Abu Dhabi sovereign wealth fund Mubadala more than halved its shareholding in Italian bank UniCredit SpA as the holder of about 6 percent of the world’s oil reserves sells stakes in overseas assets.
The fund’s stake declined to about 2.02 percent as of Dec. 20, according a filing by the Italian market regulator, down from a 4.99 percent stake in June, Consob said in a statement late Tuesday. The stake sold by the fund is valued about 850 million euros ($947 million) based on yesterday’s closing price.
Representatives for Mubadala and UniCredit declined to comment.
Abu Dhabi’s fund bought the stake in 2010 as part of its strategy to diversify investments from the emirate’s oil-based economy. At the time, the holding was valued at about 1.8 billion euros. The fund, started as a means of diversifying the economy by attracting expertise and jobs to the emirate, is now a global investing powerhouse. The fund has invested in Greek fish farming, Europe’s biggest electric-scooter-sharing company and a Canadian data center.
Mubadala has been caught up in a series of investigations over the Malaysian government’s scandal-ridden 1Malaysia Development Bhd. In 2017, Mubadala committed $15 billion to SoftBank Group Corp.’s $100 billion Vision Fund and its monitoring its performance before deciding whether to sign up for the second round, according to co-CEO Khaldoon Al Mubarak.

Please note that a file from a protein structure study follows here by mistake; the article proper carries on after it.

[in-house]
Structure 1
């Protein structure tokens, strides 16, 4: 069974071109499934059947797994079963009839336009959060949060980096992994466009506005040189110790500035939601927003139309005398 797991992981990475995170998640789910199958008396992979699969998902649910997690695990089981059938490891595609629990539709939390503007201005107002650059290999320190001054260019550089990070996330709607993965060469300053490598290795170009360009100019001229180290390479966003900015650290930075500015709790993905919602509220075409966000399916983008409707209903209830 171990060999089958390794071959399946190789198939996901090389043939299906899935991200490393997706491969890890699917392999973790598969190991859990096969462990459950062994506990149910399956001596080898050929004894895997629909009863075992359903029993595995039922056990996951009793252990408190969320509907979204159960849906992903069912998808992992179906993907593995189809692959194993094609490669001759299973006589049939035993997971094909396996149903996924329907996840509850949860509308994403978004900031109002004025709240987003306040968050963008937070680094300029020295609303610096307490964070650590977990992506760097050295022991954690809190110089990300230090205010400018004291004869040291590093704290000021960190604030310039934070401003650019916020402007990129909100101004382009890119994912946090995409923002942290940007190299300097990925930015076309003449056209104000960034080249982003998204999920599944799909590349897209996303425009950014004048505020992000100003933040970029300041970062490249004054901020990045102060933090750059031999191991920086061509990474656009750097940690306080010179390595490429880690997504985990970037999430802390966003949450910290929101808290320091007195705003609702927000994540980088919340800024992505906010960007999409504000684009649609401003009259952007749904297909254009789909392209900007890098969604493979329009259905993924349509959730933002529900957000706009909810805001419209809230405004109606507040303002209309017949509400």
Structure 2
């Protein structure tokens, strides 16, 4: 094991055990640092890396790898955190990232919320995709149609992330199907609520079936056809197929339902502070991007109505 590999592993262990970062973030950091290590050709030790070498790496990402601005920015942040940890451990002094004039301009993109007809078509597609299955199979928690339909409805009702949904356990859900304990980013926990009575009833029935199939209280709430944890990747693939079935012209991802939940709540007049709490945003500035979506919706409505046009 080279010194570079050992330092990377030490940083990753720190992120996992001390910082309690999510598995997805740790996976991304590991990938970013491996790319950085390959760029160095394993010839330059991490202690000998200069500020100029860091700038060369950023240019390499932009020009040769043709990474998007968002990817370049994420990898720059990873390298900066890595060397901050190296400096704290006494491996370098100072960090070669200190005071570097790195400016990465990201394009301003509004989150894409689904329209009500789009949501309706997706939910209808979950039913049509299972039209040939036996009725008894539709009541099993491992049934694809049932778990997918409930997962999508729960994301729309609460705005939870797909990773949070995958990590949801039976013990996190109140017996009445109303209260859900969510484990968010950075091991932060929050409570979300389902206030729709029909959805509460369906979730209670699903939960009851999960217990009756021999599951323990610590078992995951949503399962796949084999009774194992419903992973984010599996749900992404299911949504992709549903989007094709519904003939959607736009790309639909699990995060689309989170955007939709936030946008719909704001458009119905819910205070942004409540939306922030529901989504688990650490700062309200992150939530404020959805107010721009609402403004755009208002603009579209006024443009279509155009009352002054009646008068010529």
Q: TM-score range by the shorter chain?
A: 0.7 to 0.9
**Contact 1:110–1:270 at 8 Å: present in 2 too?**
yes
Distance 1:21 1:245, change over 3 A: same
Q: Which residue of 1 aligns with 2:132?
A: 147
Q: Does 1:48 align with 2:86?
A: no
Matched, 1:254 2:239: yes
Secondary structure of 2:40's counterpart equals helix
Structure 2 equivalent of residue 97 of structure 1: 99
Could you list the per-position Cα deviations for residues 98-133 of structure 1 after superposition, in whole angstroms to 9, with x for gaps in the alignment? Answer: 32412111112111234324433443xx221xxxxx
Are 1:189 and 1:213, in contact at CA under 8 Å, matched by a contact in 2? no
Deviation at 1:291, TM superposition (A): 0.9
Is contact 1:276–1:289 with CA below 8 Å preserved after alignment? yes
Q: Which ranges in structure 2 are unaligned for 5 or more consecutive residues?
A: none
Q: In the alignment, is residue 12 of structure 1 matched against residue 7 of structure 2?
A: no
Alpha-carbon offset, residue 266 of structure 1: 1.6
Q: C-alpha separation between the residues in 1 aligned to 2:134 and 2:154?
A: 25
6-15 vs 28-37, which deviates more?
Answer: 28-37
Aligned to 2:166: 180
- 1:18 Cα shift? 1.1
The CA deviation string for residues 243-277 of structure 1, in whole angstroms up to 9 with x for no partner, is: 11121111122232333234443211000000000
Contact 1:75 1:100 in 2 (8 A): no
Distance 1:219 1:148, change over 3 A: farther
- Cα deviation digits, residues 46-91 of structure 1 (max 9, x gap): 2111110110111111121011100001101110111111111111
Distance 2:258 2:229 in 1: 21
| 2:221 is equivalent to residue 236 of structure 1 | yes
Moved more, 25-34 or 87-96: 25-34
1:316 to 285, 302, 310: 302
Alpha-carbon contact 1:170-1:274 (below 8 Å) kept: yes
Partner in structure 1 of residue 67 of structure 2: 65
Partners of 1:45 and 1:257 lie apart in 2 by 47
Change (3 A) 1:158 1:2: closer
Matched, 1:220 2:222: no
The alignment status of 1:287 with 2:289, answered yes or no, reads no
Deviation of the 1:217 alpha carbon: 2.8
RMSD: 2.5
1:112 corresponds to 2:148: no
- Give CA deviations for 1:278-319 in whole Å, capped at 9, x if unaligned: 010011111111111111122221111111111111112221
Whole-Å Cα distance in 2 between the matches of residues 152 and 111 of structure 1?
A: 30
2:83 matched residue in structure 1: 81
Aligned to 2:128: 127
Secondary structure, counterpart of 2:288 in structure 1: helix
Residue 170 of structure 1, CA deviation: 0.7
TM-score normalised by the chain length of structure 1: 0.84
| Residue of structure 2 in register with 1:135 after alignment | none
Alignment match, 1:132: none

The fund cut its stake move happened less than one month after UniCredit Chief Executive Officer Jean Pierre Mustier announced a new business strategy, aimed at rewarding investors through 2023 through share buybacks and dividends totaling 8 billion euros.
Mustier is seeking to drive investor returns while signaling that the bank – in common with many of its peers -- is struggling to boost growth in a time of negative interest rates. Revenue and costs are expected to be little changed through 2023 and the bank will focus on eking out what it can on its own rather than attempting major acquisitions.
UniCredit’s main investors are BlackRock Inc. and Dodge & Cox with about 5 percent stake each, according to the bank’s website.